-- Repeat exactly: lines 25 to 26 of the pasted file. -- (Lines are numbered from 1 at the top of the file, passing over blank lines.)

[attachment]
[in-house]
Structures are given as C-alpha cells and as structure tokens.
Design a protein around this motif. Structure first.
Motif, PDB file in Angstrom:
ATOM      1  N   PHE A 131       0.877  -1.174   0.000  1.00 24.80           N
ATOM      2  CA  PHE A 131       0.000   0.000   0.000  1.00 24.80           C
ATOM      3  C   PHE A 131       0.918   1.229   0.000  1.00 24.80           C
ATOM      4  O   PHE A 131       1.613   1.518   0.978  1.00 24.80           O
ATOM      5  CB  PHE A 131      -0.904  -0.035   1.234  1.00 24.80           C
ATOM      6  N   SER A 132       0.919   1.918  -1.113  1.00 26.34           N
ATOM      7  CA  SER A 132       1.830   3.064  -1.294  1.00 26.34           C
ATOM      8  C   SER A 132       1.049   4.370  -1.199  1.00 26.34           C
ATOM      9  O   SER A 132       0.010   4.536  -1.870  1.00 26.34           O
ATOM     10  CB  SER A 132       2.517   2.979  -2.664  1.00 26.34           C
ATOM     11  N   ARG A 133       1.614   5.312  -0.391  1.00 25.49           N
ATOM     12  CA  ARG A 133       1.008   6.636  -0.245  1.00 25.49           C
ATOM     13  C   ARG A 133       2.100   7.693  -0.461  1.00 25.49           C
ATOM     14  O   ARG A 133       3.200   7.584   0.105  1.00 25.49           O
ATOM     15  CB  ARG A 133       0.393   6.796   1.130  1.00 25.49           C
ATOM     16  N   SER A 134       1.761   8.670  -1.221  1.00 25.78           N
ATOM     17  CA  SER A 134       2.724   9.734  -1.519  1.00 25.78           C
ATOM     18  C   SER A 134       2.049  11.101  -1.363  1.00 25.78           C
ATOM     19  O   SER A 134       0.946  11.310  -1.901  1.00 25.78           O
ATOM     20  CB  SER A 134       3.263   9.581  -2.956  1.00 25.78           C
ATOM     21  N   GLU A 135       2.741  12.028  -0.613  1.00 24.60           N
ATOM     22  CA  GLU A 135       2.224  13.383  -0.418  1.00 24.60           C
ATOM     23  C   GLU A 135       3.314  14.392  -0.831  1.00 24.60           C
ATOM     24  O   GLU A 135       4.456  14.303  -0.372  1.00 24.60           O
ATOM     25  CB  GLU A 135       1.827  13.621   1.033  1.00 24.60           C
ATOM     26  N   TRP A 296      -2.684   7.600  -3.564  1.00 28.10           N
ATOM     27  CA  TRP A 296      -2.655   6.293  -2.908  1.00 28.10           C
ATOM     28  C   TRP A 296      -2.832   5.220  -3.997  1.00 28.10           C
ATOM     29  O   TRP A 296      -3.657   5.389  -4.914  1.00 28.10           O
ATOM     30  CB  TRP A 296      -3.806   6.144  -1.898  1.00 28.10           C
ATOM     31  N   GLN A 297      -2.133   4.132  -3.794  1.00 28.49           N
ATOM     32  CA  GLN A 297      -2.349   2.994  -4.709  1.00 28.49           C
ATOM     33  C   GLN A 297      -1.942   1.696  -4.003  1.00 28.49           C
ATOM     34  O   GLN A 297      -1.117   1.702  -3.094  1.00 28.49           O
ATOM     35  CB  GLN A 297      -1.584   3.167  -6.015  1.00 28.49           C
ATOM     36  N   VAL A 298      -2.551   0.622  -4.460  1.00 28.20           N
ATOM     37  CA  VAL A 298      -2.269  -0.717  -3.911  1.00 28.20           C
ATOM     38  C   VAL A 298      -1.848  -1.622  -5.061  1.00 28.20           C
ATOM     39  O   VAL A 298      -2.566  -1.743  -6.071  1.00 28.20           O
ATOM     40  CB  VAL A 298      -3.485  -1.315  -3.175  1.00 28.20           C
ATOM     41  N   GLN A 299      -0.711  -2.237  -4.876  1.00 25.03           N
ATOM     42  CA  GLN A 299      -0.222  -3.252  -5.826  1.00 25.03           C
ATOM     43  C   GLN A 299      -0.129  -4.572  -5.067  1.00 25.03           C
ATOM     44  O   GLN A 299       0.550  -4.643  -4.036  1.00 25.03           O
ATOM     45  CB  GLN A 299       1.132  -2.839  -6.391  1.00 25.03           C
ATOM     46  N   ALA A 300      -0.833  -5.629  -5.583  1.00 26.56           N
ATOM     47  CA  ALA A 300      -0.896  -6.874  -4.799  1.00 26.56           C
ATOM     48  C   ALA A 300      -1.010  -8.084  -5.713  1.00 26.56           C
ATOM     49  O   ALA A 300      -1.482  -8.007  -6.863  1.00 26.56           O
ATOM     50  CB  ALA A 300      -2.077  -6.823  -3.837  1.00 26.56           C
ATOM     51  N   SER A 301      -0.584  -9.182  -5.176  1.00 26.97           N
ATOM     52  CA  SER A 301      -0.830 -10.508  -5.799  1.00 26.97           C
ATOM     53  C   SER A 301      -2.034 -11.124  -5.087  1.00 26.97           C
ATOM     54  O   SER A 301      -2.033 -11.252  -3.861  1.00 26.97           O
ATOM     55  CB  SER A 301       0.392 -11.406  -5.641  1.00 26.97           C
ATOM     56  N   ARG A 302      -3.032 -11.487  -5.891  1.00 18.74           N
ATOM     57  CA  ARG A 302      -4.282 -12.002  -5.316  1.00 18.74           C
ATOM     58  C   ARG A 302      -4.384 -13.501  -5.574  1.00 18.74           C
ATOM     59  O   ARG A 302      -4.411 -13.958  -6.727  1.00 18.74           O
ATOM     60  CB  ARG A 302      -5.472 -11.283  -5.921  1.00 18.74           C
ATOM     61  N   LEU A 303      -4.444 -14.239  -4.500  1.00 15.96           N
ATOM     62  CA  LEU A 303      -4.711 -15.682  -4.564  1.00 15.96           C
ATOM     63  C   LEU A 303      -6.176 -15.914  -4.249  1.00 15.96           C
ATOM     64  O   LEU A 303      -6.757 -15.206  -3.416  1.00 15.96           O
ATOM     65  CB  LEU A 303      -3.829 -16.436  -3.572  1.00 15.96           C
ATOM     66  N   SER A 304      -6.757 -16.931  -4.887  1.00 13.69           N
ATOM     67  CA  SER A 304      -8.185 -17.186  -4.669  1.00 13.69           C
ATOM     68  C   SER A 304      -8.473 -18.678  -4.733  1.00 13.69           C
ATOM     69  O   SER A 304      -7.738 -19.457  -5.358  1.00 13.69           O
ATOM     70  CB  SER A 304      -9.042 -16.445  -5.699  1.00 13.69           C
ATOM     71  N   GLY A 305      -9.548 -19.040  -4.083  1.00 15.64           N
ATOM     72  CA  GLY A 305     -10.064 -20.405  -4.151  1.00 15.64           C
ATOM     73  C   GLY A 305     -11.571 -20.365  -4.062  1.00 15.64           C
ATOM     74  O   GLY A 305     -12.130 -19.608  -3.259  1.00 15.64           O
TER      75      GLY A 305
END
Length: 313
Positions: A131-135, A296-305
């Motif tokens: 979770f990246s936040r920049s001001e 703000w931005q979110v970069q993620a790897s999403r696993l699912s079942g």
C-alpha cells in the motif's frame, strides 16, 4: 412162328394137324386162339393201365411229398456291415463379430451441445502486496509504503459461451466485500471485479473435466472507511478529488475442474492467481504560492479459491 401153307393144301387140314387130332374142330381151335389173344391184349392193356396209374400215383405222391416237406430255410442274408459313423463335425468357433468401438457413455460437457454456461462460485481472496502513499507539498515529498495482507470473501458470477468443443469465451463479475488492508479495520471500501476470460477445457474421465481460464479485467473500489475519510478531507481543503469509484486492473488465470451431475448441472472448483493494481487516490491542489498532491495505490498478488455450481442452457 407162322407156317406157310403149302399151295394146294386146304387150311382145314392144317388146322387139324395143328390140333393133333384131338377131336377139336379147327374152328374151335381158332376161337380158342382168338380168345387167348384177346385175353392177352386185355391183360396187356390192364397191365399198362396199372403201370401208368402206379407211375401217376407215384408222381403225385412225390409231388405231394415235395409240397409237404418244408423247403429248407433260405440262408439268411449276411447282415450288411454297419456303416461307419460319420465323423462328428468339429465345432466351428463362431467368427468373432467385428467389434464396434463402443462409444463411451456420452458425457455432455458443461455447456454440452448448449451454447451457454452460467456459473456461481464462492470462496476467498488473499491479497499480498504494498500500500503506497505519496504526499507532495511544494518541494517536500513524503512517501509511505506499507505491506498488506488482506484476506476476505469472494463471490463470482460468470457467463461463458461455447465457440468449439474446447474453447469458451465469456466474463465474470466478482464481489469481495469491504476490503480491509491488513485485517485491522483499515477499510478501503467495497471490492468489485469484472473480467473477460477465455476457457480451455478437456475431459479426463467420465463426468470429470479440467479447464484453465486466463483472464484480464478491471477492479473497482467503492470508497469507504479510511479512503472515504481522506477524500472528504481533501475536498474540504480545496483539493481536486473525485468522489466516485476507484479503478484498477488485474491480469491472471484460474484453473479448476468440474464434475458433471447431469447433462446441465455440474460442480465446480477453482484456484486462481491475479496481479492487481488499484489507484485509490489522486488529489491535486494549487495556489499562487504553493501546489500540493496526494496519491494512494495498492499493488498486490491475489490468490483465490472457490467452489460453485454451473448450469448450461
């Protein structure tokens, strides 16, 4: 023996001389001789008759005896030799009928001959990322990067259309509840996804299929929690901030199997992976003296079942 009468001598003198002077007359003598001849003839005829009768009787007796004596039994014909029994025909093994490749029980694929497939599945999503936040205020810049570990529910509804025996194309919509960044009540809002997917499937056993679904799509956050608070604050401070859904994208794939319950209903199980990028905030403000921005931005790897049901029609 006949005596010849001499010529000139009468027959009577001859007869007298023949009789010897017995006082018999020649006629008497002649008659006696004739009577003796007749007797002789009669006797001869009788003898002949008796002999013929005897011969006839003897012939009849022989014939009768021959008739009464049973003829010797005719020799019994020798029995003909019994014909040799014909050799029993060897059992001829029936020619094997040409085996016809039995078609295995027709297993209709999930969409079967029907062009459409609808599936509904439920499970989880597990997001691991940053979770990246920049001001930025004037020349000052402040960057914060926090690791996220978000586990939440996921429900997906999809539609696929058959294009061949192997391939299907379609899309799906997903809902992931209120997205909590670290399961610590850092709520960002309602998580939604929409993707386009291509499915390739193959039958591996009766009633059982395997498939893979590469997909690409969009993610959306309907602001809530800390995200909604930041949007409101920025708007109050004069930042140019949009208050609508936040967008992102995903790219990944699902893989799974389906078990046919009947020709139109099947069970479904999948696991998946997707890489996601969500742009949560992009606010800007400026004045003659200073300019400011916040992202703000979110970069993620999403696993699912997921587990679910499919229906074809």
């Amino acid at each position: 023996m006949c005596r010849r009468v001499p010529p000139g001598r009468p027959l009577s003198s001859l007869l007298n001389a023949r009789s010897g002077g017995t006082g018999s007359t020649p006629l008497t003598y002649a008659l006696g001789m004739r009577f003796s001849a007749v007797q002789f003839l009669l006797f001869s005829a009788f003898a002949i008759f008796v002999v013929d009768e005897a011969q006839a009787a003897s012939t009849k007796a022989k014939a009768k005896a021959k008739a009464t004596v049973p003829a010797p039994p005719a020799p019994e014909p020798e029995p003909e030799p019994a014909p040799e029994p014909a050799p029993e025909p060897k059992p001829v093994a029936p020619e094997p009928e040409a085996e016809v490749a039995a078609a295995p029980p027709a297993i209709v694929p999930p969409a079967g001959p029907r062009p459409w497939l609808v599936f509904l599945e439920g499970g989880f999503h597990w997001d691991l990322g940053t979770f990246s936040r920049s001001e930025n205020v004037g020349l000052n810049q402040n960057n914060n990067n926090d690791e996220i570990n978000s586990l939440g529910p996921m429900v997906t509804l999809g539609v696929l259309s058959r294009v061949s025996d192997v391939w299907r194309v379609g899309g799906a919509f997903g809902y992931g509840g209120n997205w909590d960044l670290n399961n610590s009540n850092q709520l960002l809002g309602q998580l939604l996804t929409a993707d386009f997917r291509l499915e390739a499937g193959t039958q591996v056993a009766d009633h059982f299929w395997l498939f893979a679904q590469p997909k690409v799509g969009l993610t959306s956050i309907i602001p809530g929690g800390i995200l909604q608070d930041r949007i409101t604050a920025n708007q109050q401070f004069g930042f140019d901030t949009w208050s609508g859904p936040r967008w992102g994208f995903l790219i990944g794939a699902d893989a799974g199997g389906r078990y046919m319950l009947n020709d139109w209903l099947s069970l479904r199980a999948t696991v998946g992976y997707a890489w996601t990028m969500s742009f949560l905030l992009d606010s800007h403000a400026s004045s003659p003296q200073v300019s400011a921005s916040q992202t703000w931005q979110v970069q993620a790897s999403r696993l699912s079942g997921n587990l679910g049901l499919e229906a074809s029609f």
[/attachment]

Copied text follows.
ATOM     21  N   GLU A 135       2.741  12.028  -0.613  1.00 24.60           N
ATOM     22  CA  GLU A 135       2.224  13.383  -0.418  1.00 24.60           C